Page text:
Playdate.datastore initial folder

My game has some initial data it reads on load. The file is located in the datastore. However, when testing with the simulator I'm able to just go to the data folder and put it there.

Now that I have the actual hardware, I'm not sure how or where to put the data. Do I have to create this file through code? Or can I just place the file there myself?

What I've done:
I've looked through the pdxinfo meta data setup in the sdk documentation, but I don't see anything that refers to the datastore...

What am I missing?

playdate.datastore writes to the Data > [your game's bundle ID here] folder on hardware. you can get to this folder by connecting your Playdate to your computer over USB, and then going into Settings > System and selecting Reboot to Data Disk. More info

You can put a file in there by visiting that folder using the steps mentioned above, and dropping the file in manually. It would be worth it in your final game to initialize the file using code - saves a lot of unnecessary hassle on the player's end, and is easy to pull off anyhow. What I do to create save data in my game, is to first check for an existing save file. If it's not there, I tell it to initialize a lua table with all of my needed save variables in there, set to their default values. Then, I use playdate.datastore.write() to save those to a file on disk.

For example, putting something like this in my game code:

if == nil then
    local foo = {
        a = 1,
        b = 2,
        c = 3,
        d = false

...would result in a "data.json" file being created when my game starts (so long as it doesn't find an already-existing copy of that file) within Data > [my game's bundle id], containing some JSON that looks like this:


...that I can then read from using

Hopefully this helps out!


The primary purpose of the datastore is to save data on the user's device, e.g. for highscores, savegames, or caching.

If you want to load a file that you distribute alongside your game, you probably want to use the file or json APIs.

For example, you could create a subfolder source/maps/. Into that folder, you drop the file level01.json with this content:

  "name": "The Beginning",
  "tiles": [
    [0, 1, 0],
    [1, 0, 0],
    [1, 0, 1]

Then you can use json.decodeFile to load that data at game start:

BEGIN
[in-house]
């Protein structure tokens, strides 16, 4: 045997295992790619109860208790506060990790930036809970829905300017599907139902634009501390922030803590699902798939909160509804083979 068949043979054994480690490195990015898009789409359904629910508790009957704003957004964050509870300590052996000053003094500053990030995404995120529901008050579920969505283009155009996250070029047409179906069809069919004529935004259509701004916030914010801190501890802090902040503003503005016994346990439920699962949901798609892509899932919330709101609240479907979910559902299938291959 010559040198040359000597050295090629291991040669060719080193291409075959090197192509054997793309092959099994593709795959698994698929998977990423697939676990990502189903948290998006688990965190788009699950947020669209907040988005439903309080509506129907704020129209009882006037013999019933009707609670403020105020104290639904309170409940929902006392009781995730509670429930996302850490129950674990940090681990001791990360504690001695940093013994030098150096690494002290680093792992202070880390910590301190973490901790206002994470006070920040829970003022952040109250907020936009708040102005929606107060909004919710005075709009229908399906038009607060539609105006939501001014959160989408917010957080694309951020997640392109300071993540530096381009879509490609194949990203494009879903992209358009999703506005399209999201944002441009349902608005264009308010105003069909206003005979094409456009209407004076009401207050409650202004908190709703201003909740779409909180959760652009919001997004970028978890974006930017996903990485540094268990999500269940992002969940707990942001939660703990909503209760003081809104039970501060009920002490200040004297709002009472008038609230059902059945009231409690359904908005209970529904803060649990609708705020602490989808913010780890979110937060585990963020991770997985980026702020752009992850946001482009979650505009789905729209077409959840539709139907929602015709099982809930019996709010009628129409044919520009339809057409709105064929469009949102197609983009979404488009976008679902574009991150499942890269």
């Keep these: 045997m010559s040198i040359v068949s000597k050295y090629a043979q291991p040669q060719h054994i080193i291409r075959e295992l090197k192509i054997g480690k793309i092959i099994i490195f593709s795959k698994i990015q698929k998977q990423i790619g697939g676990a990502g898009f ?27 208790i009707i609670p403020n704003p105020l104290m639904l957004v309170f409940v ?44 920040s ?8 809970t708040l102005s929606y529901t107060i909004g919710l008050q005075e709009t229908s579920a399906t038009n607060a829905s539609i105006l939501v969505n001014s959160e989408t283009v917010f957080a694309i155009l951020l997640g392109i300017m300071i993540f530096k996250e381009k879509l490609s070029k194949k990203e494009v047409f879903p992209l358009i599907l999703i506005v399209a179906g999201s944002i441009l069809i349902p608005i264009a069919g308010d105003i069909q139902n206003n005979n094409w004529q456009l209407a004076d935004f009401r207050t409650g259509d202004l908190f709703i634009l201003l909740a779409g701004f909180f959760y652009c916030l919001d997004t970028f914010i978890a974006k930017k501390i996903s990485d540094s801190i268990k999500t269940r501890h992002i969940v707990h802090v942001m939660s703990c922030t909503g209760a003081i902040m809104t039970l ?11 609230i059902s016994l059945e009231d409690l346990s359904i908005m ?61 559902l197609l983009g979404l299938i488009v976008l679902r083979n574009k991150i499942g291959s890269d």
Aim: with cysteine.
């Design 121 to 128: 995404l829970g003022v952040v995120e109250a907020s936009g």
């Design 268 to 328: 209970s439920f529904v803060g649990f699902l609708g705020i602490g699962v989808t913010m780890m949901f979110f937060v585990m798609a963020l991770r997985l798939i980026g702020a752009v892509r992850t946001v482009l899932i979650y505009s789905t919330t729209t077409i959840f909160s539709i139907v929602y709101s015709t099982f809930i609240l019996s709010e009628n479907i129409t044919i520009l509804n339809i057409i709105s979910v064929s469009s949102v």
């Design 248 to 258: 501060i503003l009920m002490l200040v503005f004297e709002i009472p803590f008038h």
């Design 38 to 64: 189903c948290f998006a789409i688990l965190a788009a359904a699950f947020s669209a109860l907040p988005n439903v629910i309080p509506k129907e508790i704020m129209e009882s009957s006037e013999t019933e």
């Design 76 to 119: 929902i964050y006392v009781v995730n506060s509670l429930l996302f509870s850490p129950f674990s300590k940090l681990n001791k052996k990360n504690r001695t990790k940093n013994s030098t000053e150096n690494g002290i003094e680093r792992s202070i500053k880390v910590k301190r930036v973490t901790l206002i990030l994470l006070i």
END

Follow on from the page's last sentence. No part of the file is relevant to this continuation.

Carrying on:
---@class level
---@field name string
---@field tiles integer[][]

local level = json.decodeFile("maps/level01.json") --[[@as level]]
---                ^^^^^^^^^^

function pd.update()

    gfx.drawText(, 20, 20)
    ---          ^^^^^^^^^^ writes "The Beginning"

And, unlike anything in the datastore, the file level01.json will be compiled into your .pdx, so it'll be available on your user's device.

(You don't have to do any of the type annotation stuff if you don't want to; that's just what I do.)

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@stuffbyrae, ok makes sense. I do have a way to prgramatically create the file on boot. It's out of date. As the game grew I just found it easier to update the file manually.

@balpha, I was thinking last night of something like this. Just put my files I already have into their own sub folder. Although, I didn't know that json.decodeFile was a thing I'll have to take a look.

Since I already have the base to do what @stuffbyrae suggested I think I'll go that way for now.

Thanks ^...^

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@balpha, just for kicks I tried it out and I like it, but I have a problem that maybe your figured out on your end.

when my json is decoded I lose it's type. So all of the intellisense doesn't work. Is there away to tell it hey I'm decoding the file and it's this type to get it back?

Yeah, that's pretty much what the type annotations in my example code do -- tell the IDE what the type of the JSON is.

I'm pretty new to Lua, but those annotations are what the Lua Language Server uses (Annotations · LuaLS/lua-language-server Wiki · GitHub) which in turn is what VS Code uses. If you use another IDE, I assume it works as well, but I don't know for sure.

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Ah ok I didn't connect the dots. I thought it was just a comment. Thanks again.